Thursday, 11 April 2013

The Rising of the Moon - Gladys Mitchell

I began to be assailed by doubts... we had no proof that [they]intended to kill us. I was still in a state of suspended panic, but the fairy-gold logic of childhood was reasserting itself, with ultimate hope of victory, in my mind.
The Rising of the Moon has become one of my favourite Mrs. Bradley novels. I had the added novelty of reading this over the Easter period, when the series of murders begins! The story is written as a first person narrative of Master Simon Innes. Mrs Bradley does not enter the story until part way through, which means that a lot of the detective work is carried out by Simon and Keith Innes (13 and 11 years old respectively), brothers who find themselves involved in a mysterious case of serial murders in their small village. The first murder takes place at the Circus, much to the dismay of the boys:

"Heared about the Ripper?" asked Fred. "There won't be any circus this afternoon."

Up to that time it was the most terrible news I had ever heard, for we were too young to have been told outright about the deaths of our parents. We had found that news out gradually, and by putting two and two together; but this was a bolt from the blue.

Saturday, 6 April 2013

The Pastor of Vejlbye - Steen Steensen Blicher

Illustration by Povl Christensen (1909 - 1977)
I wanted to read this short-story as part of my mission to read more early mystery literature. The Pastor of Vejlbye was published in 1829 and subtitled 'A Crime Story'. It is often referred to as one of the first mystery novels.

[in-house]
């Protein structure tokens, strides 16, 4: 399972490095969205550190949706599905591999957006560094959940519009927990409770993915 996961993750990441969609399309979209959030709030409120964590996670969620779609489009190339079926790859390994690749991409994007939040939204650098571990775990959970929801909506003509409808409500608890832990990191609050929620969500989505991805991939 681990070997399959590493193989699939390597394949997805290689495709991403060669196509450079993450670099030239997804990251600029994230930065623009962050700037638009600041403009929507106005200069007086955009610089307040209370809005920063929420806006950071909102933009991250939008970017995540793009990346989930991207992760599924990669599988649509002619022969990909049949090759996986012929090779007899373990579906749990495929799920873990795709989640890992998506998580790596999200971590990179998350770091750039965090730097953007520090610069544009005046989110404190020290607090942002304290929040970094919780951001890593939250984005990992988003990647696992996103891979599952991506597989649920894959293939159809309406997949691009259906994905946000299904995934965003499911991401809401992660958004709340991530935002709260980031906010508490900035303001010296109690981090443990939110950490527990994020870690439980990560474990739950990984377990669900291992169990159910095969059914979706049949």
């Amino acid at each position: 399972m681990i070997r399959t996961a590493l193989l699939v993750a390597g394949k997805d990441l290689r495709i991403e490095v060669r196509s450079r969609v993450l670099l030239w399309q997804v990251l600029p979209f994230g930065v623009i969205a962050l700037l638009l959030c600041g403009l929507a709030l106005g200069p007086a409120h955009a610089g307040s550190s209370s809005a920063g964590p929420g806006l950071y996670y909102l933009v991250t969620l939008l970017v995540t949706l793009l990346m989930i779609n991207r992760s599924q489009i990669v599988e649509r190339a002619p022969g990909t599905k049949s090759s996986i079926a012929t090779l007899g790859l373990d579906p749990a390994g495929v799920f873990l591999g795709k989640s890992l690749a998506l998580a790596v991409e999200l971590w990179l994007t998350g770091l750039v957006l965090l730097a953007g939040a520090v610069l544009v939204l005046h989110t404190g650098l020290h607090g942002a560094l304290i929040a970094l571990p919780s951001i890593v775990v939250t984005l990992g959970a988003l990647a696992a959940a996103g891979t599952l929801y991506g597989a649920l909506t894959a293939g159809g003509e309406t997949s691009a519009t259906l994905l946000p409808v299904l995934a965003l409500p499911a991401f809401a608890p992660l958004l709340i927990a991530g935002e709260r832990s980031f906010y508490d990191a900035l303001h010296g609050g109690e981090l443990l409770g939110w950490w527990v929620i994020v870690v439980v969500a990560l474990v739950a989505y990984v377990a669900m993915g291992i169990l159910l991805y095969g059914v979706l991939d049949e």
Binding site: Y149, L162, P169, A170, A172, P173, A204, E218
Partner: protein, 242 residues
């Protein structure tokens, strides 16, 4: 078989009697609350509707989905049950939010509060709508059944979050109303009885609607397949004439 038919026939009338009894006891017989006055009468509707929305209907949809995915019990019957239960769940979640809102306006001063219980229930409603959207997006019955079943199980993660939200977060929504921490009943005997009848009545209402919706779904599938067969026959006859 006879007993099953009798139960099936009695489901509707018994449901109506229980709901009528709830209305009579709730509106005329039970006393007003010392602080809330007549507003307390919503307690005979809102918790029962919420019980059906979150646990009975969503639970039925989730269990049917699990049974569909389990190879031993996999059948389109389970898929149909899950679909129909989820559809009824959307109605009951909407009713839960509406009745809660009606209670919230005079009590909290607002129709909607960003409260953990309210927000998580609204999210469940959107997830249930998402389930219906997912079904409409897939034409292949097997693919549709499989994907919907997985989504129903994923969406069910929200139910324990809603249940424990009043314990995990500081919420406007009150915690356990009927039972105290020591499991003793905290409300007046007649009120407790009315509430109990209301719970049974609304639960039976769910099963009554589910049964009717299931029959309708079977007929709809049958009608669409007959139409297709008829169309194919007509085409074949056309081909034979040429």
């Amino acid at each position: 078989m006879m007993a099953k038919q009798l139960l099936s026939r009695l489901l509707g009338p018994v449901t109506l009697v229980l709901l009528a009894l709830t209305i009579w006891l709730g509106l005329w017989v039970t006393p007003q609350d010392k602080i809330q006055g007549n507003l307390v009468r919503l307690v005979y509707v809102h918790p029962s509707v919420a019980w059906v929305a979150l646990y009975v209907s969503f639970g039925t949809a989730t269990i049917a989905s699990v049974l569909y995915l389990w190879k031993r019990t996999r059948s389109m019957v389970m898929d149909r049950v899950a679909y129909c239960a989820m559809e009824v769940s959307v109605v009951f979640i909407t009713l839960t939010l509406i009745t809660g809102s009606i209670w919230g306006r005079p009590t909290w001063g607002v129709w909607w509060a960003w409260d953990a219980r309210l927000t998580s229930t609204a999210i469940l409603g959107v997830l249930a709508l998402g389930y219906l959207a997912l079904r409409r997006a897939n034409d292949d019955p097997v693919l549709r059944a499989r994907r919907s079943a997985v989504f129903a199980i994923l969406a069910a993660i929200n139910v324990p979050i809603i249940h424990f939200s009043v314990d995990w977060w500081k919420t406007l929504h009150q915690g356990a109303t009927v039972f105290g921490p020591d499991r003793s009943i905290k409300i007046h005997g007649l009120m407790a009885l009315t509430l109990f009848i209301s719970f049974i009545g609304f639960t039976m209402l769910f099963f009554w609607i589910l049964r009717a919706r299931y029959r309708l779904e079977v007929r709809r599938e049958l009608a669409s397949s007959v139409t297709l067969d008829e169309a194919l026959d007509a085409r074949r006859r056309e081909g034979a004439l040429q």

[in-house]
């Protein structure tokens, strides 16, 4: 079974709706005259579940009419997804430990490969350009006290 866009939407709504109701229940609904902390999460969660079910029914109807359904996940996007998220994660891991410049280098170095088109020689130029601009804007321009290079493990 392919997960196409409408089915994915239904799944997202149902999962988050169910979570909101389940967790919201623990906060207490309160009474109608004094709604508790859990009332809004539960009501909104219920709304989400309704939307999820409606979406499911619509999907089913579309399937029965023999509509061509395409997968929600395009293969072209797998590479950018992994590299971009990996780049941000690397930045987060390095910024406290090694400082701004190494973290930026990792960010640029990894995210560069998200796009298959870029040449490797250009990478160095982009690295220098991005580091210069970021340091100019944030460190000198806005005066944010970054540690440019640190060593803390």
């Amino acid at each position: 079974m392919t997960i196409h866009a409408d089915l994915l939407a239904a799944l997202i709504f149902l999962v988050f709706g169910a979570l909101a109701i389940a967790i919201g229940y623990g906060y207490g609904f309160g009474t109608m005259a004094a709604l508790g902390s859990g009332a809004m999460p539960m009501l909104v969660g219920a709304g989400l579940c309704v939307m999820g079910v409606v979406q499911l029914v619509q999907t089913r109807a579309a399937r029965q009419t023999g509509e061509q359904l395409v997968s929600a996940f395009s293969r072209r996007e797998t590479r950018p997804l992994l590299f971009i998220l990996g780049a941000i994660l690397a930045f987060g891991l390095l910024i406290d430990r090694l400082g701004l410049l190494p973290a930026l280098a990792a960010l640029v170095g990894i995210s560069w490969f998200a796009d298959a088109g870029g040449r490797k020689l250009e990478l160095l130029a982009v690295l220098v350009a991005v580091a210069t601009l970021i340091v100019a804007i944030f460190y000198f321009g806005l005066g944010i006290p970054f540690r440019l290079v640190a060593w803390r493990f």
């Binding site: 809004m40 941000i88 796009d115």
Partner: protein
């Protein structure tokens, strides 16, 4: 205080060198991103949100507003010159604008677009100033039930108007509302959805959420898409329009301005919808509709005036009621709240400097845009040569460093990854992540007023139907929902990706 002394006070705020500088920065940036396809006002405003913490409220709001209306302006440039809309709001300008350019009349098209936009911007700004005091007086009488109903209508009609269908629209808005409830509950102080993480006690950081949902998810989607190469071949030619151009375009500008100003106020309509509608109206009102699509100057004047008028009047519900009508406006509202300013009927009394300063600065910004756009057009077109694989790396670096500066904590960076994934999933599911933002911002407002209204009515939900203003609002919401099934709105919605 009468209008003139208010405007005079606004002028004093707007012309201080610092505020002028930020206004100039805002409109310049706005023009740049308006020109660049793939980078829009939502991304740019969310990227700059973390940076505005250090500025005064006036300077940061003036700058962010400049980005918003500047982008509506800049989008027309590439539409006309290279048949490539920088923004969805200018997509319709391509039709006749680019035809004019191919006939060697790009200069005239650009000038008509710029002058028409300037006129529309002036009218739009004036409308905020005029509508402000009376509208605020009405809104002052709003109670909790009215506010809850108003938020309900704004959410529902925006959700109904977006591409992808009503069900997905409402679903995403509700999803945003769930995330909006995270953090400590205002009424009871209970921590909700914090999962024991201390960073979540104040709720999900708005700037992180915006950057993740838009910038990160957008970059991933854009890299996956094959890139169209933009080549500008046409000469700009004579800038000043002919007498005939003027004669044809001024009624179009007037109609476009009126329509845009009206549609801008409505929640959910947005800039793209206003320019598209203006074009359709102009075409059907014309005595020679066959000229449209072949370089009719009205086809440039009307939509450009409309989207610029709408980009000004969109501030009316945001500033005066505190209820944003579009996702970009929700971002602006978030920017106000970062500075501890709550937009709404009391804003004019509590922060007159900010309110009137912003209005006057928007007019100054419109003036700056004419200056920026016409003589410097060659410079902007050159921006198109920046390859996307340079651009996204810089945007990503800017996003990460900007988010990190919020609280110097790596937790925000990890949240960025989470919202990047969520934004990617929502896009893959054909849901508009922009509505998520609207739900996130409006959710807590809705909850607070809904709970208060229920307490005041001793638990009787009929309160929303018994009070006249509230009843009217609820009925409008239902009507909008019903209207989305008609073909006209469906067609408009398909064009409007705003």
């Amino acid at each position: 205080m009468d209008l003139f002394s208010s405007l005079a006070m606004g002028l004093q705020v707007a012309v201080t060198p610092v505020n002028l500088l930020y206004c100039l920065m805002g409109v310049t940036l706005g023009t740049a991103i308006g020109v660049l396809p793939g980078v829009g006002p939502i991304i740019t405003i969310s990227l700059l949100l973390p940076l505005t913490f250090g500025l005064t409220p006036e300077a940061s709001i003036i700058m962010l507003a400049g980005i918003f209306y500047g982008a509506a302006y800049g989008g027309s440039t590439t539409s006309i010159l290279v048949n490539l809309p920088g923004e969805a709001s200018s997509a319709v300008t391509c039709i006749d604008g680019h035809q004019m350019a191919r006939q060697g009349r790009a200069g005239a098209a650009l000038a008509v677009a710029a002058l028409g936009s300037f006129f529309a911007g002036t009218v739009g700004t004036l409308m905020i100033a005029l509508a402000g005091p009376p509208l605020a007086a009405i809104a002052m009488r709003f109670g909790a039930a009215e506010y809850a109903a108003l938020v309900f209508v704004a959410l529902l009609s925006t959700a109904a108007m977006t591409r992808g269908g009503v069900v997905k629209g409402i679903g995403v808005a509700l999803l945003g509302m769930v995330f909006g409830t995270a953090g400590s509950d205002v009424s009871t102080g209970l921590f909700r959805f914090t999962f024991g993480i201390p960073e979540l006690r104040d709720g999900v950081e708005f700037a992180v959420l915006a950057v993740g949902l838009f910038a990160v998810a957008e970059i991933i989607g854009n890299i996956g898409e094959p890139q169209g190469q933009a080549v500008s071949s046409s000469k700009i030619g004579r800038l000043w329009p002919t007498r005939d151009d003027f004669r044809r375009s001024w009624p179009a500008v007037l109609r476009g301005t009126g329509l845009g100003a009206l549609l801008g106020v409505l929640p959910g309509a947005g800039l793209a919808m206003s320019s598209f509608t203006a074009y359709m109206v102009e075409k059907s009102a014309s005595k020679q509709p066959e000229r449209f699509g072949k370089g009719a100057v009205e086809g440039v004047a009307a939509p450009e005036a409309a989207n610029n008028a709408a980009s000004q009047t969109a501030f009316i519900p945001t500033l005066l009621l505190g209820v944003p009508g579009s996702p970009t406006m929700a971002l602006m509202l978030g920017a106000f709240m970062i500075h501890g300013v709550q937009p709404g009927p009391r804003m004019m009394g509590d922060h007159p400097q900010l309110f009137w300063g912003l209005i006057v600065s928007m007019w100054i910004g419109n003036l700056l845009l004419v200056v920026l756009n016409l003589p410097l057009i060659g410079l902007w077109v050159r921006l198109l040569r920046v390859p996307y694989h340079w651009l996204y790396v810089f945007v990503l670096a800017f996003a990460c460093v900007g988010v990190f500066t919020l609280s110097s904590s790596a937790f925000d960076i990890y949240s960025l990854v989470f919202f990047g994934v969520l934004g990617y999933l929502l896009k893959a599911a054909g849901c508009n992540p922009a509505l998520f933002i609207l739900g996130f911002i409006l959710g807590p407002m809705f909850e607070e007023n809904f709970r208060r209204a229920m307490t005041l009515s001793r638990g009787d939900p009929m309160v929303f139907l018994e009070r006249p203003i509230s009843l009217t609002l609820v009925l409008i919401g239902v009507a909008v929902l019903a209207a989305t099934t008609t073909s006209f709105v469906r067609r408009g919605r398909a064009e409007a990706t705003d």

I enjoyed the story and found myself wanting to intervene to help certain characters. It was a good quick read and worth the trouble to find the book. I did not find it easy to get hold of an English translation of this short-story; I got it as part of a collection of short-stories in the end. If you don't want to struggle to get a physical copy of the book you can find a pdf version here.

The author, Steen Steensen Blicher, was one of Denmark's great Golden Age poets and short-story writers; he was much influenced by Scottish and English literature but never visited these countries.

The story is written in the form of a diary in two parts. The first part of the story is provided by Erik Sørensen, district sheriff, and the second part provided by the pastor of AAlsøe.

It is based upon (although does not follow exactly) a real event in 1626 when pastor Søren Qvist of Vejlbye (near Grenå) was sentenced to death, for the murder of his coachman in 1607, based on circumstantial evidence.

Searching for a body in the pastor's garden (Christensen)
Following the pastor's execution one of his sons investigates further into the events leading to his conviction. This leads to a new trial in 1634 when it is discovered that a number of the witnesses had committed perjury; both were then sentenced to death.

Blicher's short-story deviates from the authentic account of the case. He changes characters and adds a number of twists, including an interesting psychological aspect in respect to Søren Qvist's personality and beliefs. I won't give away the twists or the ending in order to preserve the suspense. :)